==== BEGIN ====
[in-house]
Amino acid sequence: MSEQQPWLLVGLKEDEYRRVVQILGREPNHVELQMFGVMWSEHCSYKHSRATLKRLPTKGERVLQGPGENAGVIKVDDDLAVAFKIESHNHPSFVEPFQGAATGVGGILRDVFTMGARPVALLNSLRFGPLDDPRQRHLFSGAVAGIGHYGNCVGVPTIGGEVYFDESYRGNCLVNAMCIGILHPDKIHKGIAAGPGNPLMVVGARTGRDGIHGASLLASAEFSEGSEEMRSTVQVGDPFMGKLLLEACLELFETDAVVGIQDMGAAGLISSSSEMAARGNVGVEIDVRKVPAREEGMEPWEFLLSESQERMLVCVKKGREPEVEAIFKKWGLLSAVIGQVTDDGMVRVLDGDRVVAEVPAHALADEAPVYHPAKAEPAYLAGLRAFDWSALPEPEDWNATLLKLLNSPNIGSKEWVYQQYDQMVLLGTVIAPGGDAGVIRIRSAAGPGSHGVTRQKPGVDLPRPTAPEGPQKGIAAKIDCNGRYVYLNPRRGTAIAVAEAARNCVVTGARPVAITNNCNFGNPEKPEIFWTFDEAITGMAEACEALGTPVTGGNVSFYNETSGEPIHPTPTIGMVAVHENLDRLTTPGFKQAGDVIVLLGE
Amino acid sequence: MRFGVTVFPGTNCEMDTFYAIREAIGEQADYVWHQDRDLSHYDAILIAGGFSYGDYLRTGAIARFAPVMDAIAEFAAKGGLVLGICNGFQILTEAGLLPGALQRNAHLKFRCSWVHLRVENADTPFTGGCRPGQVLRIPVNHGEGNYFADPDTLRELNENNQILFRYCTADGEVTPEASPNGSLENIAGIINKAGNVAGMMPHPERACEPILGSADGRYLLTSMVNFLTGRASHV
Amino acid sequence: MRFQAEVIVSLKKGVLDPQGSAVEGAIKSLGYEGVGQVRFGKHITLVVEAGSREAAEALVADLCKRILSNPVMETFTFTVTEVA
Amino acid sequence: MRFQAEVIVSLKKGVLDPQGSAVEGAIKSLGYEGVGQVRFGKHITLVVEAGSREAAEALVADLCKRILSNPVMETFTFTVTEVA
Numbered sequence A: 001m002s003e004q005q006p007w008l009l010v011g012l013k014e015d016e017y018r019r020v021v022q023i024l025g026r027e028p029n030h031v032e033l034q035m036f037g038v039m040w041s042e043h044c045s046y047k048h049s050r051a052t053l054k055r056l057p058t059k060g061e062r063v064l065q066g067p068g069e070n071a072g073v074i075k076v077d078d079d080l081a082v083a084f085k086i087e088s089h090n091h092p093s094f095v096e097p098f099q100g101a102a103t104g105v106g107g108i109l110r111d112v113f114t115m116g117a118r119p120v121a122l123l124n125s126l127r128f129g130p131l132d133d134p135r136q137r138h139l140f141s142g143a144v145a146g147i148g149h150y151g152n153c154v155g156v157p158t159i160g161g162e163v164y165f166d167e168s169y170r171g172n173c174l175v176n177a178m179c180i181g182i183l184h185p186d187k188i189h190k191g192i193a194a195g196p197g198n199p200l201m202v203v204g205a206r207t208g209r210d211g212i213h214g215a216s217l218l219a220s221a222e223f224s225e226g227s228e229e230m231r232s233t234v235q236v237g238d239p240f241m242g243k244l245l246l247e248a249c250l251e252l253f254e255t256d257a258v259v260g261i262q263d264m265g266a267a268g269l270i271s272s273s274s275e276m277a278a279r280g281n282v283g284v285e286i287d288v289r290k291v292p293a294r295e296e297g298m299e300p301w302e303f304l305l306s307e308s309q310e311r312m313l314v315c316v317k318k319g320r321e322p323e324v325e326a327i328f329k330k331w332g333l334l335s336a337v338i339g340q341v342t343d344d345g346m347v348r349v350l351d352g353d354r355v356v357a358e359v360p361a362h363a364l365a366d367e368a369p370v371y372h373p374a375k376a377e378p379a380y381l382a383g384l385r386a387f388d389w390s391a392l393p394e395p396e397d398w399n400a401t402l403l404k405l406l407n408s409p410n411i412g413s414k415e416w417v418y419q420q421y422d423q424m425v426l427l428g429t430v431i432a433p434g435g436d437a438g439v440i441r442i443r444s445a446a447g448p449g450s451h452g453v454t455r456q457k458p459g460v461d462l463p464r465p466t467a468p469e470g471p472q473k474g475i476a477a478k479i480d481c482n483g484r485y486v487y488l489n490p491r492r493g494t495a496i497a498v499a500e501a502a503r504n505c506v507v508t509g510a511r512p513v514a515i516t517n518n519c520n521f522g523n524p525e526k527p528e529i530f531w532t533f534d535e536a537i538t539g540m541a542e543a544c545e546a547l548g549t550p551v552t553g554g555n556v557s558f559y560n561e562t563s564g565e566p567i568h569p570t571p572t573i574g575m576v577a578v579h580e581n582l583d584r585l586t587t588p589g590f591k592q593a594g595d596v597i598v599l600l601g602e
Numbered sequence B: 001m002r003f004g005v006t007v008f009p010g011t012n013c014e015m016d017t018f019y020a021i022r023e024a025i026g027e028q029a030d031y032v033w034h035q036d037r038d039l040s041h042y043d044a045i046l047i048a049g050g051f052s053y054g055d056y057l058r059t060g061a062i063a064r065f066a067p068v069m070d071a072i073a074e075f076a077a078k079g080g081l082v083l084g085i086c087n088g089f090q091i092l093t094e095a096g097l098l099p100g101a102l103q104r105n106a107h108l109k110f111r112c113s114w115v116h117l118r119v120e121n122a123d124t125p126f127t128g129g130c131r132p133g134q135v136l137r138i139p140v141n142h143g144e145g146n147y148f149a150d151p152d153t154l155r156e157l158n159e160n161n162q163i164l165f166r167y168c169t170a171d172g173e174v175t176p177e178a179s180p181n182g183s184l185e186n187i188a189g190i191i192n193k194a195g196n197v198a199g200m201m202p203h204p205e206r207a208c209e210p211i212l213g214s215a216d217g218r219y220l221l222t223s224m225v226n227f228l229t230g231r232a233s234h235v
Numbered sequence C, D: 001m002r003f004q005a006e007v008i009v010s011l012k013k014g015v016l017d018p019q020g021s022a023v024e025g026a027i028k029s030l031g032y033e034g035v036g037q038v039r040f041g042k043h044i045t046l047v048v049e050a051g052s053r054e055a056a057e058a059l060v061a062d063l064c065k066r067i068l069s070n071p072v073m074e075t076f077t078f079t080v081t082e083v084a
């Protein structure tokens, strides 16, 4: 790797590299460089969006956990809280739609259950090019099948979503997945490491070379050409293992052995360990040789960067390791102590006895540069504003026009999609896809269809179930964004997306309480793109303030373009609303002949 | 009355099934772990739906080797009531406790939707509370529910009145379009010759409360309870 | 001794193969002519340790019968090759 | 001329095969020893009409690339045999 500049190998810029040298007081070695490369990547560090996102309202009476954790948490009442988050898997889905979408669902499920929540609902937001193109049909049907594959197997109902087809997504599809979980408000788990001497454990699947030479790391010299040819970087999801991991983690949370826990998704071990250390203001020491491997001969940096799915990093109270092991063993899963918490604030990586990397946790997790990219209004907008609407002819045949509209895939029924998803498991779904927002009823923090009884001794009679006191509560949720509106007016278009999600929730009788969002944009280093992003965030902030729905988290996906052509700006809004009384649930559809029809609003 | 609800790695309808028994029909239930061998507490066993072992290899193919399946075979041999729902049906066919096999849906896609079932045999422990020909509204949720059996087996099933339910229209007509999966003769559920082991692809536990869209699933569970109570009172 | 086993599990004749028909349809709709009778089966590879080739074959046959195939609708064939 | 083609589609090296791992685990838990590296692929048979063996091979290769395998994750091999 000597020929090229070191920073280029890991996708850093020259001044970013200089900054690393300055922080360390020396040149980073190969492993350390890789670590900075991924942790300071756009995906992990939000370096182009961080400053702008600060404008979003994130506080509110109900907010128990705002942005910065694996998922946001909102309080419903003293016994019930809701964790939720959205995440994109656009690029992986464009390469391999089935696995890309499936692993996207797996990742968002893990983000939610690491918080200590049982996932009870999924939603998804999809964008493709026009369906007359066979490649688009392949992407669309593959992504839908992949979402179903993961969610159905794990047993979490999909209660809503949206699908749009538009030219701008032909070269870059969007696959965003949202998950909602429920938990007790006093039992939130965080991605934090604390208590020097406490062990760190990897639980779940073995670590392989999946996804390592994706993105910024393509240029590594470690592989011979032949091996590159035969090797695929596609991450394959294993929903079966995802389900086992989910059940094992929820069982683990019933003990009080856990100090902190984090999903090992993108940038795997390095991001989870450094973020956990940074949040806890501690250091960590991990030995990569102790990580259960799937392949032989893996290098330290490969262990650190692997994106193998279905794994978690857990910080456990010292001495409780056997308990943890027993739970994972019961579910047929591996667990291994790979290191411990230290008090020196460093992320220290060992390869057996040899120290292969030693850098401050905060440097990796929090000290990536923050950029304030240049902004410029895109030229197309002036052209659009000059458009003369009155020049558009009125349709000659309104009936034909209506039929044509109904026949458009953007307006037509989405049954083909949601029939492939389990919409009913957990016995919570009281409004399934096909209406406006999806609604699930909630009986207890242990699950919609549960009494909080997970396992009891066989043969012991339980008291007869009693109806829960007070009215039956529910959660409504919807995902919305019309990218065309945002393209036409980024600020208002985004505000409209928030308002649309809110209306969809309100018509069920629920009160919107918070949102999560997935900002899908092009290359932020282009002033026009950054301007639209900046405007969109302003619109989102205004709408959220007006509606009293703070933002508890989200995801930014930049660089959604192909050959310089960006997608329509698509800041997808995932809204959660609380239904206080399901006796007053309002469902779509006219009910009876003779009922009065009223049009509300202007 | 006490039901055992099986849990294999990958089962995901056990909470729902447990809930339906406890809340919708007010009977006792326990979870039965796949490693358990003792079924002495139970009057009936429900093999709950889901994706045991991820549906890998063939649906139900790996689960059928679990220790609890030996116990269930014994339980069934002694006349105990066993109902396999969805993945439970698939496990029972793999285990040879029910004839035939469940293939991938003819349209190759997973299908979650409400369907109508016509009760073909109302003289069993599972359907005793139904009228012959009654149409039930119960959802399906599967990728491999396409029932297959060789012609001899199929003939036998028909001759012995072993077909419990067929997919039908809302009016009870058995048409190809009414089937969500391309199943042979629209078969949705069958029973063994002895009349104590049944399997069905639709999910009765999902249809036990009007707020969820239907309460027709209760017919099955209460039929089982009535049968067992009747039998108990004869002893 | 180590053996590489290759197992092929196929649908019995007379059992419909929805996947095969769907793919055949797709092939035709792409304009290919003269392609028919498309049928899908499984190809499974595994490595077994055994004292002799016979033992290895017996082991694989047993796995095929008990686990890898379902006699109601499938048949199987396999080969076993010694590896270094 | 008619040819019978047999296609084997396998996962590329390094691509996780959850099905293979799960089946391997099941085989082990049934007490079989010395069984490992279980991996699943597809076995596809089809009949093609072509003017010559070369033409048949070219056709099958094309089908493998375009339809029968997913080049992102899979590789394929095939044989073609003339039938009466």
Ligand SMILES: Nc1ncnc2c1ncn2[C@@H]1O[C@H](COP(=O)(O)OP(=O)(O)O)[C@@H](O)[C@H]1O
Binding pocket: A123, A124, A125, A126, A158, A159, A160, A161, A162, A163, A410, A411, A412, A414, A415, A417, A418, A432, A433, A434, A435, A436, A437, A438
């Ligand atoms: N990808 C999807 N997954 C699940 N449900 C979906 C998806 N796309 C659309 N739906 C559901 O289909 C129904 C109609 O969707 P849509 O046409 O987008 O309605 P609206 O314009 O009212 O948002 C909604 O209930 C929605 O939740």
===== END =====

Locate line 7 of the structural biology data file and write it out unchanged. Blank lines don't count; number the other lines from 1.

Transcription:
Numbered sequence B: 001m002r003f004g005v006t007v008f009p010g011t012n013c014e015m016d017t018f019y020a021i022r023e024a025i026g027e028q029a030d031y032v033w034h035q036d037r038d039l040s041h042y043d044a045i046l047i048a049g050g051f052s053y054g055d056y057l058r059t060g061a062i063a064r065f066a067p068v069m070d071a072i073a074e075f076a077a078k079g080g081l082v083l084g085i086c087n088g089f090q091i092l093t094e095a096g097l098l099p100g101a102l103q104r105n106a107h108l109k110f111r112c113s114w115v116h117l118r119v120e121n122a123d124t125p126f127t128g129g130c131r132p133g134q135v136l137r138i139p140v141n142h143g144e145g146n147y148f149a150d151p152d153t154l155r156e157l158n159e160n161n162q163i164l165f166r167y168c169t170a171d172g173e174v175t176p177e178a179s180p181n182g183s184l185e186n187i188a189g190i191i192n193k194a195g196n197v198a199g200m201m202p203h204p205e206r207a208c209e210p211i212l213g214s215a216d217g218r219y220l221l222t223s224m225v226n227f228l229t230g231r232a233s234h235v